Piazzolla, Stan Laurel and the Quakers – they were all there too
On Friday night I became one quarter of a Piazzolla tango band at a small cafe-restaurant in Ulverston, Cumbria, UK – a town mentioned in the Domesday Book of 1086. After the event I retired to the nearby accommodation at Swarthmoor Hall, a Quaker retreat from 1652, having reached this particularly enchanting part of the country thanks to Joseph Locke and the Lancaster and Carlisle Railway, constructed in 1840. Yes, I have to admit I am obsessed with dates! For me they are like the bannister on a staircase with each step an event in history, and what, may I ask, would a staircase be without a bannister but something a lot less interesting to look at?
Music was the thing, the main thing which dominated proceedings for me on Friday and Saturday, and also too for the town, with significant proportions of its population involved in the production and success of a festival, the Ulverston International Music Festival. My first participation was in Buenos Aires revisited - and what a great title. Astor Piazzolla turned the music of tango on its head, transforming it from an exotically sensual dance to a rhythmically complex and emotionally-loaded affair.
Buenos Aires' born Eduardo Garcia made all the musical arrangements, playing the reptile-like bandoneon with deep feeling, his facial expressions a perfect reflection of the music's emotional turmoil. Russian-born violinist Dunja Lavrova provided a neat counterpoint: standing, swaying and smiling as her bow swept its way through the beautiful melodies. As for pianist Anthony Howitt I can't tell you anything about his face for he had his back to me... but if his playing was anything to go by it must have been in a constant state of rhythmic animation. The ambience was great. The small cafe really did feel like a smoky cellar in Buenos Aires, not that I have ever been to such a place myself.
The silences of a peaceful country retreat deceive us into thinking that all has always been well
We finished the performance close to midnight and I eventually tumbled into bed in the small hours of the night. The accommodation just outside Ulverston was as quiet as quiet can be, the only sounds were the echoes in my mind of the evening's music. But the silence at Swarthmoor Hall is no true reflection of the dramas this place has witnessed. In the mid 17th century it became a focal point of the struggle for religious freedom of expression with its owner Margaret Fell at various times meeting with King Charles II to petition him, until she too was imprisoned. Such are the silences of a peaceful country retreat, they deceive us into thinking that all has always been well.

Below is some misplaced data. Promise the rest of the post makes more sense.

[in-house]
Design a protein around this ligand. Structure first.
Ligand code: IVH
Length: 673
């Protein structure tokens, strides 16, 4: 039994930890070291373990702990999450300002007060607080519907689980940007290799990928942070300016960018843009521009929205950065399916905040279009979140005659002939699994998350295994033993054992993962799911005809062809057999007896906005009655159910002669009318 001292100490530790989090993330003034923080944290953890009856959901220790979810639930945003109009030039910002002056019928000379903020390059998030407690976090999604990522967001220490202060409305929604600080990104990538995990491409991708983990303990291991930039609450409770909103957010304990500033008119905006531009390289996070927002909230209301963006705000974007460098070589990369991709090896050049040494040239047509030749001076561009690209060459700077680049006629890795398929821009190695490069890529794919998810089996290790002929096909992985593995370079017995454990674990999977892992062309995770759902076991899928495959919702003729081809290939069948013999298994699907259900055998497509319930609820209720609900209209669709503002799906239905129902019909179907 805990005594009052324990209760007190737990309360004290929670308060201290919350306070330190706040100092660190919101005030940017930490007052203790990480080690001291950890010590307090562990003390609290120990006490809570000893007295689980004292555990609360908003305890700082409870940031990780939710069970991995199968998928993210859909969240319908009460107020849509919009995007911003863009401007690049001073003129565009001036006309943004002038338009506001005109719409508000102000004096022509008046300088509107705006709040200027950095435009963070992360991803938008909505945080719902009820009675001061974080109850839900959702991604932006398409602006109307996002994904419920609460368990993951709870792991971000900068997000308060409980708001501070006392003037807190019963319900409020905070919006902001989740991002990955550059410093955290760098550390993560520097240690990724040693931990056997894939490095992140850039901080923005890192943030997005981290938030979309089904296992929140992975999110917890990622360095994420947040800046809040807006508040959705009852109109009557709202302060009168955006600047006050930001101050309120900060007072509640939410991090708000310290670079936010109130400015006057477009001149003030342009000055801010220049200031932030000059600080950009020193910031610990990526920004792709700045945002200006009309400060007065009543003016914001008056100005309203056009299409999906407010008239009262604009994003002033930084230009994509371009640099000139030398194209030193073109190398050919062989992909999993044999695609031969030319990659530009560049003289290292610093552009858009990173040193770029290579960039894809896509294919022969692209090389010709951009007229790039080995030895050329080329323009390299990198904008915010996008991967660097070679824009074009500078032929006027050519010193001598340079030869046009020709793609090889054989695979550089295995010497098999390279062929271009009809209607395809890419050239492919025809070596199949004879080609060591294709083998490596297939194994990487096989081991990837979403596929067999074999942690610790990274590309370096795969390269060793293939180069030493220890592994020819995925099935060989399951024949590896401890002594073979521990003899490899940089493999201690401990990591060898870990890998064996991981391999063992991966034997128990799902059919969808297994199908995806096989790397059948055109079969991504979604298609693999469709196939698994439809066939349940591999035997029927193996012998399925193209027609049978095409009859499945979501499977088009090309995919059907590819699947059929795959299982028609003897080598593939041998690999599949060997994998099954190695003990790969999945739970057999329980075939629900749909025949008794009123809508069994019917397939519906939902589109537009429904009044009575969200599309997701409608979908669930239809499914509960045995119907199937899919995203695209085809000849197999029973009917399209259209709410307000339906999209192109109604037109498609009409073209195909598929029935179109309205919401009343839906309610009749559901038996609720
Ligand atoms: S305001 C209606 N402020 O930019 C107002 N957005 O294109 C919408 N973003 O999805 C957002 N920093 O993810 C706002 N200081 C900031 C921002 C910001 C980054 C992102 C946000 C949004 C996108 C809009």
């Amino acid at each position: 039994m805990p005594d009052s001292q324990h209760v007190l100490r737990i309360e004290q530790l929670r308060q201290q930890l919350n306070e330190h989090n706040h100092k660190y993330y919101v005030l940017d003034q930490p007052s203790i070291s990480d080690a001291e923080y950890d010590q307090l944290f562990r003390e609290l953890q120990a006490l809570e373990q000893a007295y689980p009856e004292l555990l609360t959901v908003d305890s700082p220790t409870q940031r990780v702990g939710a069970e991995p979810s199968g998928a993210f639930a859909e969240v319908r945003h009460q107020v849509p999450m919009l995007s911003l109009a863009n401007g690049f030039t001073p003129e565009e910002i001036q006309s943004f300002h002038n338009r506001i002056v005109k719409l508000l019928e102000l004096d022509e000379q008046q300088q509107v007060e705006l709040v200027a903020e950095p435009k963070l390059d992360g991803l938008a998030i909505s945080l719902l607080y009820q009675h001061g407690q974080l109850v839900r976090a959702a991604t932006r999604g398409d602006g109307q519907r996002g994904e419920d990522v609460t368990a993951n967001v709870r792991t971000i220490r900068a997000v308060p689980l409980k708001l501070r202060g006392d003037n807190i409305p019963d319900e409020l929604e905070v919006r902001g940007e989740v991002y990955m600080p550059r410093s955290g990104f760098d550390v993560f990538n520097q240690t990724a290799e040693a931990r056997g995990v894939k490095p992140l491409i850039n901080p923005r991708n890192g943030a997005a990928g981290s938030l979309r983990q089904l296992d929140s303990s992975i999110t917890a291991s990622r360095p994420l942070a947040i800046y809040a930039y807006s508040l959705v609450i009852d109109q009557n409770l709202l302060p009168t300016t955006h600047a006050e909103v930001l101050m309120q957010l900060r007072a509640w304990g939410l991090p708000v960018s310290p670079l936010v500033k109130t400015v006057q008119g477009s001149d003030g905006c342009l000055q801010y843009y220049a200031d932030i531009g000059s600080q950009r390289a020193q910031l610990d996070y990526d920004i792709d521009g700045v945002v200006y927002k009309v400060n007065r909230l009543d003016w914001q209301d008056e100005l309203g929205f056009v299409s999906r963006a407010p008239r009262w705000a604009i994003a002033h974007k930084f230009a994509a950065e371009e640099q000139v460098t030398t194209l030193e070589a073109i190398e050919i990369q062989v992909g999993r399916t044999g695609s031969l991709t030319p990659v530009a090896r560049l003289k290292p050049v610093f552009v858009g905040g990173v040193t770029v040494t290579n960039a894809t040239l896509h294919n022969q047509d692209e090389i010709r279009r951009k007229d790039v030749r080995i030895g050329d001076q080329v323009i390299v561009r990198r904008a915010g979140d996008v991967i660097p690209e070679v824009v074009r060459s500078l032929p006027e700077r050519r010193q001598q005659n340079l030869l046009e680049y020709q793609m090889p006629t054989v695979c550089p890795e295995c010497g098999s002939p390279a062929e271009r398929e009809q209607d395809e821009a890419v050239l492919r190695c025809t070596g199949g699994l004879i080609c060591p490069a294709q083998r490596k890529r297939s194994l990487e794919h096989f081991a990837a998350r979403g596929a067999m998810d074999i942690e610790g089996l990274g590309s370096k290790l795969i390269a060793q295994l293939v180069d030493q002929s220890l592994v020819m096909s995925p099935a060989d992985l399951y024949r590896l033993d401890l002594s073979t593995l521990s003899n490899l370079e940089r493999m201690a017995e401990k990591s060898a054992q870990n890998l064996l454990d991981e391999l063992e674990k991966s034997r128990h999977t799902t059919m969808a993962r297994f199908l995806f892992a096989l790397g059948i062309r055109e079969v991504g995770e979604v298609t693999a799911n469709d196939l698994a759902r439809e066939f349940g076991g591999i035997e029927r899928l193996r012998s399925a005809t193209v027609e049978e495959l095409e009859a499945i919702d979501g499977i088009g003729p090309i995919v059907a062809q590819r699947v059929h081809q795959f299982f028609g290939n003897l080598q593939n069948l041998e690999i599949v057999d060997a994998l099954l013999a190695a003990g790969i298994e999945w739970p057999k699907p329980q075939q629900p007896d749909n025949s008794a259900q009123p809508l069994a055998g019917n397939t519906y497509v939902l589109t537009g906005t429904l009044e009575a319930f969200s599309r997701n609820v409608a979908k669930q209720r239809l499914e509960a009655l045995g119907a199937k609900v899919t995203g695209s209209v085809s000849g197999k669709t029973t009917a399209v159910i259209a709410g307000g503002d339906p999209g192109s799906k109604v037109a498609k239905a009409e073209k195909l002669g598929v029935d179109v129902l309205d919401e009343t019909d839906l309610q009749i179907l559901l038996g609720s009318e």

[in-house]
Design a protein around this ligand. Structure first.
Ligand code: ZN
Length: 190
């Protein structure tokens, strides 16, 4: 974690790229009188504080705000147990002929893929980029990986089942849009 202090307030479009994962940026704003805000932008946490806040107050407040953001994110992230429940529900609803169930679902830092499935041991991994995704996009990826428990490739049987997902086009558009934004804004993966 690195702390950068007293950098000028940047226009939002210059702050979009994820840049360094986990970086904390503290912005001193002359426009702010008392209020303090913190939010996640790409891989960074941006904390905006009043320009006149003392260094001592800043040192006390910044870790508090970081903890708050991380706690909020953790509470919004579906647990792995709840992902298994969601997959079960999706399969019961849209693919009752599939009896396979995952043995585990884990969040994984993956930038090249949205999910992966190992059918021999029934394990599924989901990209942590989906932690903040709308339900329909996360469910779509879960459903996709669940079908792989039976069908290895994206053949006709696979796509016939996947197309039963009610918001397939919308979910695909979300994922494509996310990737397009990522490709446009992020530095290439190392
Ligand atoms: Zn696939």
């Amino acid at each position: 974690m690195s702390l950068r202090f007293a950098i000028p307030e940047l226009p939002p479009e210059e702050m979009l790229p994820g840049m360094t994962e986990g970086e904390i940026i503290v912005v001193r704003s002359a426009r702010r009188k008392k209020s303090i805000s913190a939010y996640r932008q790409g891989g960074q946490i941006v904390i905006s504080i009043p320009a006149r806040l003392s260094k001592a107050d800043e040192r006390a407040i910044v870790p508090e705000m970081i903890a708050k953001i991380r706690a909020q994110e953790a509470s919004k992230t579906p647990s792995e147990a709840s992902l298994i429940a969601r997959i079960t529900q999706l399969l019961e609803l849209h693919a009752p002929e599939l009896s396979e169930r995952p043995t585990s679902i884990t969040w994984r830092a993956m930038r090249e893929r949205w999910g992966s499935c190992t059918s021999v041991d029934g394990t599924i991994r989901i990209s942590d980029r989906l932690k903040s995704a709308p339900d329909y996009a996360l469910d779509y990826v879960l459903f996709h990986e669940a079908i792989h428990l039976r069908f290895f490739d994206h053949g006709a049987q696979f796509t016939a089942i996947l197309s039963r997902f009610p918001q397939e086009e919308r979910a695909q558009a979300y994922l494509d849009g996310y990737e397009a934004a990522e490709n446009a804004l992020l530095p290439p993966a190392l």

My second engagement was on the very next morning at 11am – a recital of two parts in the Coronation Hall. I was greeted by a full house and a beautiful natural acoustic, I could not ask for more. As I arrived I saw two statues on the pavement in front of the theatre. Well well, they were of Laurel and Hardy, for Stan Laurel was born in Ulverston to become one of the funniest men in the movies. Buster Keaton said:
“Charlie Chaplin wasn't the funniest, I wasn't the funniest, this man was.” And I agree with that.
By 5pm I was on my way back to London by train. I notice that many passengers, including myself, pass much of their journey chatting and looking out of the window at the passing countryside, or reading books, or newspapers, or writing on lap-top computers, or annoying everyone else speaking loud banalities into their mobile phones. Maybe some curious travellers wonder as I do about the construction of the railway line on which we are travelling. What did it take to build a railway line across bogs and reclaimed land, and across the Lake District hills and mountains? Why a mountain pass here and a tunnel there? All this struck me because of an interesting plaque I spotted at Lancaster station while waiting for the London connection. It reads:
“Lancaster station opened 1846 by Joseph Locke 1805-1860 engineer to the Lancaster and Carlisle Railway and President of the Institute of Civil Engineers”.
To read about the life of Joseph Locke is to learn something of the amazing engineering constructions of the 19th century. People like him changed the world around us to what it has become now. It is almost inconceivable that anyone could do so again, and may be that is a good thing too for railway lines cut through countryside and communities, defacing them and sometimes causing huge environmental damage. It could only have happened then in the mid 19th century, neither before nor after. Maybe that's why I am so keen on dates. Yesterday we built the railway lines, and the day before (in 1686 to be exact) we passed a law of religious toleration which allowed Quakers at last to worship freely in Swarthmoor Hall among other places.
Ulverston's population is barely 12,000 and yet it hosts a wonderful festival every year. That part we can see and enjoy, but round every corner and under every stone there is an invisible history of events and peoples past waiting to be rediscovered and remembered, but too often forgotten. They have shaped all that we are and all that we do now.
Meanwhile, back to Piazzolla's tango music. Few composers have re-invented music or a genre, as he did. How did he do that? Why did he compose the way he did, what was he like, and where did he grow up? That's a lot of questions. Oh dear, that date feeling is coming all over me. Back to the history books ….again.
Ulverston International Music Festival
Swarthmoor Hall, country house and Quaker retreat
Eduardo Garcia, bandoneon
Dunja Lavrova, violin
Anthony Hewitt, piano, and Festival Director
Laurel and Hardy Museum, Ulverston, Cumbria, UK
Joseph Locke, railway engineer
London, 1 July 2012